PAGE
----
Learn About Acute Lymphoblastic Leukemia (ALL)

What is the definition of Acute Lymphoblastic Leukemia (ALL)?

Acute lymphoblastic leukemia (ALL) is a fast-growing cancer of a type of white blood cell called a lymphoblast.

ALL occurs when the bone marrow produces a large number of immature lymphoblasts. Bone marrow is the soft tissue in the center of bones that helps form all blood cells. The abnormal lymphoblasts grow quickly and replace normal cells in the bone marrow. ALL prevents healthy blood cells from being made. Life-threatening symptoms can occur as normal blood counts drop.

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What are the alternative names for Acute Lymphoblastic Leukemia (ALL)?

ALL; Acute lymphoblastic leukemia; Acute lymphoid leukemia; Acute childhood leukemia; Cancer - acute childhood leukemia (ALL); Leukemia - acute childhood (ALL); Acute lymphocytic leukemia

What are the causes of Acute Lymphoblastic Leukemia (ALL)?

Most of the time, no clear cause can be found for ALL.

The following factors may play a role in the development of all types of leukemia:

  • Certain chromosome problems
  • Exposure to radiation, including x-rays before birth
  • Past treatment with chemotherapy drugs
  • Receiving a bone marrow transplant
  • Toxins, such as benzene

The following factors are known to increase the risk for ALL:

  • Down syndrome or other genetic disorders
  • A brother or sister with leukemia

This type of leukemia usually affects children ages 3 to 7. ALL is the most common childhood cancer, but it can also occur in adults.

What are the symptoms of Acute Lymphoblastic Leukemia (ALL)?

ALL makes a person more likely to bleed and develop infections. Symptoms include:

  • Bone and joint pain
  • Easy bruising and bleeding (such as bleeding gums, skin bleeding, nosebleeds, abnormal periods)
  • Feeling weak or tired
  • Fever
  • Loss of appetite and weight loss
  • Paleness
  • Pain or feeling of fullness below the ribs from an enlarged liver or spleen
  • Pinpoint red spots on the skin (petechiae)
  • Swollen lymph nodes in the neck, under arms, and groin
  • Night sweats

These symptoms can occur with other conditions. Talk to a health care provider about the meaning of specific symptoms.

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What are the current treatments for Acute Lymphoblastic Leukemia (ALL)?

The first goal of treatment is to get blood counts back to normal. If this occurs and the bone marrow looks healthy under the microscope, the cancer is said to be in remission.

Chemotherapy is the first treatment tried with the goal of achieving a remission.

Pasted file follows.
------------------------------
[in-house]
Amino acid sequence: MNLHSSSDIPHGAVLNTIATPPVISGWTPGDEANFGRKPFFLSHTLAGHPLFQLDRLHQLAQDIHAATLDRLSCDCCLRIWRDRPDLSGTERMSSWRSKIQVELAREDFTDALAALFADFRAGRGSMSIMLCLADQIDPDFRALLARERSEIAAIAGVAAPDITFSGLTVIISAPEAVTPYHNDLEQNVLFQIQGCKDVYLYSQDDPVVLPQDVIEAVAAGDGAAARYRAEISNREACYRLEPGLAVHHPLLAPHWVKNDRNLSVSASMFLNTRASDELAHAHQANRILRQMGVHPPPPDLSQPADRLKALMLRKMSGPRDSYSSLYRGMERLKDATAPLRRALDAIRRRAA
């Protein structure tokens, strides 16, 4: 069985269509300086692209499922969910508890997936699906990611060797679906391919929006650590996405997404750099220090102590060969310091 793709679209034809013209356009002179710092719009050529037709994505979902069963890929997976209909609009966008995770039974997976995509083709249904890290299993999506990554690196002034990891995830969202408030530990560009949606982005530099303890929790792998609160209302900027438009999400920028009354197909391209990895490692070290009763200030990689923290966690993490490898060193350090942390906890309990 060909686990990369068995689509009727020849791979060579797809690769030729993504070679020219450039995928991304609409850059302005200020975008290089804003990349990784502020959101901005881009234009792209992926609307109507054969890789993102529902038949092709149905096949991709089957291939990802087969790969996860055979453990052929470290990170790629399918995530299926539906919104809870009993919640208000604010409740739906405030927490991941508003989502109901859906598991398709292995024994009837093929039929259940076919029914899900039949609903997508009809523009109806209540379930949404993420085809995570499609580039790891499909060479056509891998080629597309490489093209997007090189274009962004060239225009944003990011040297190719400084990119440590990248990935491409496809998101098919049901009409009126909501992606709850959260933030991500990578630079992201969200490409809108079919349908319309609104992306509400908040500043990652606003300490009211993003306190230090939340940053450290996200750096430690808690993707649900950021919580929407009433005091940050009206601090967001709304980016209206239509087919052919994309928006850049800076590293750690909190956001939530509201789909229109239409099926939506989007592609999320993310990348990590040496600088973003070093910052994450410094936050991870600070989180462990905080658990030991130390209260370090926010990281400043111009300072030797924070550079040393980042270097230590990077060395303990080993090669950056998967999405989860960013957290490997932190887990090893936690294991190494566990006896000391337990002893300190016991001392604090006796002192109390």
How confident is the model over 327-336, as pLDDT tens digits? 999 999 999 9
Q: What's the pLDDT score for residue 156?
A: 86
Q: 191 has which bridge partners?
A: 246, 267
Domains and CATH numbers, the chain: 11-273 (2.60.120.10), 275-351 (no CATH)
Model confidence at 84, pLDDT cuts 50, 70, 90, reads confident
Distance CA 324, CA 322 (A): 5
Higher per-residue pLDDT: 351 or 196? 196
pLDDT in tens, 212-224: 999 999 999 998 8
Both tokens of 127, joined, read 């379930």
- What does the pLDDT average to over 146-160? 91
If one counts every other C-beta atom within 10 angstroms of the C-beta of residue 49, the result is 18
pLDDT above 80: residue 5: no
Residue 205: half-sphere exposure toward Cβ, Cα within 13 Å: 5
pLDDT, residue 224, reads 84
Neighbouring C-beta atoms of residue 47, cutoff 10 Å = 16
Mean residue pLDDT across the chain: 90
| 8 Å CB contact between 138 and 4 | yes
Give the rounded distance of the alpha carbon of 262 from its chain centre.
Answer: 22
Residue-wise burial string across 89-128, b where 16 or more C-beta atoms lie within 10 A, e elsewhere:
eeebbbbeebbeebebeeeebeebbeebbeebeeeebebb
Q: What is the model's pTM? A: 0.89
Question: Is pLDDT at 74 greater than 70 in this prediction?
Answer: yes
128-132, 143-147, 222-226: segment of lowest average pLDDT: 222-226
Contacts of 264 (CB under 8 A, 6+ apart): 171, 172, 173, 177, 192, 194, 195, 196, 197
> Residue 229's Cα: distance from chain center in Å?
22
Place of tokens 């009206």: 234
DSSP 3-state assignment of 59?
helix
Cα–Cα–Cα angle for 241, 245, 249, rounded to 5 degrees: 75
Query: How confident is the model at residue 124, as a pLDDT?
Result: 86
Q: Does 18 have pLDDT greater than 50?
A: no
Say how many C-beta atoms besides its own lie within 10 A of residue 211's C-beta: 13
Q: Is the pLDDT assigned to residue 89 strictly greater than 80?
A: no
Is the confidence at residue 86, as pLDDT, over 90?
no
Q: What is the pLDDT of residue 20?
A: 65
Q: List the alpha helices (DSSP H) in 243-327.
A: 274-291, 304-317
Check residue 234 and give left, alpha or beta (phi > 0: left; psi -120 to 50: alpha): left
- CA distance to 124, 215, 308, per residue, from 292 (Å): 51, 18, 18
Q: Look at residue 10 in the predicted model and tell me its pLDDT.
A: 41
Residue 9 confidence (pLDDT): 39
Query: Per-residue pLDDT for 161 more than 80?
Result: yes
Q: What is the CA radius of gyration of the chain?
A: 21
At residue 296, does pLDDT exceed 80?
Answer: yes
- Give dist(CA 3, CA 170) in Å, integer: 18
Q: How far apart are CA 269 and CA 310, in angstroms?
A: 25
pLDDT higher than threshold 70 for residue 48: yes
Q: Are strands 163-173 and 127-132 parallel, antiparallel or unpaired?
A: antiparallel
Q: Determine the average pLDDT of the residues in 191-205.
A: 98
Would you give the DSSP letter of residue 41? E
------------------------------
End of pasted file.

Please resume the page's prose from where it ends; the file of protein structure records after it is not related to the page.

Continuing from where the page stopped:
• The person may need to stay in the hospital for chemotherapy. Or it can be given at a clinic and the person goes home afterward.
  • Chemotherapy is given into the veins (by IV) and sometimes into the fluid around the brain (the spinal fluid).

After a remission is achieved, more treatment is given to achieve a cure. This treatment can include more IV chemotherapy or radiation to the brain. Stem cell or, bone marrow, transplant from another person may also be done. Further treatment depends on:

  • Age and health of the person
  • Genetic changes in the leukemia cells
  • How many courses of chemotherapy it took to achieve remission
  • If abnormal cells are still detected under the microscope
  • Availability of donors for stem cell transplant

You and your provider may need to manage other concerns during your leukemia treatment, including:

  • Having chemotherapy at home
  • Managing your pets during chemotherapy
  • Bleeding problems
  • Dry mouth
  • Eating enough calories
  • Safe eating during cancer treatment
Who are the top Acute Lymphoblastic Leukemia (ALL) Local Doctors?
Elite
Highly rated in
36
conditions
Oncology
Hematology Oncology
Hematology

University of Texas System

Physicians Referral Service

1515 Holcombe Blvd, 
Houston, TX 

Tapan Kadia is an Oncologist and a Hematologist Oncology expert in Houston, Texas. Kadia has been practicing medicine for over 21 years and is rated as an Elite expert by MediFind in the treatment of Acute Lymphoblastic Leukemia ALL. He is also highly rated in 36 other conditions, according to our data. His top areas of expertise are Acute Myeloid Leukemia, Myelodysplastic Syndrome MDS, Leukemia, and Acute Lymphoblastic Leukemia ALL. He is licensed to treat patients in Texas. Kadia is currently accepting new patients.

Elite
Highly rated in
6
conditions
Pediatrics
Pediatric Hematology Oncology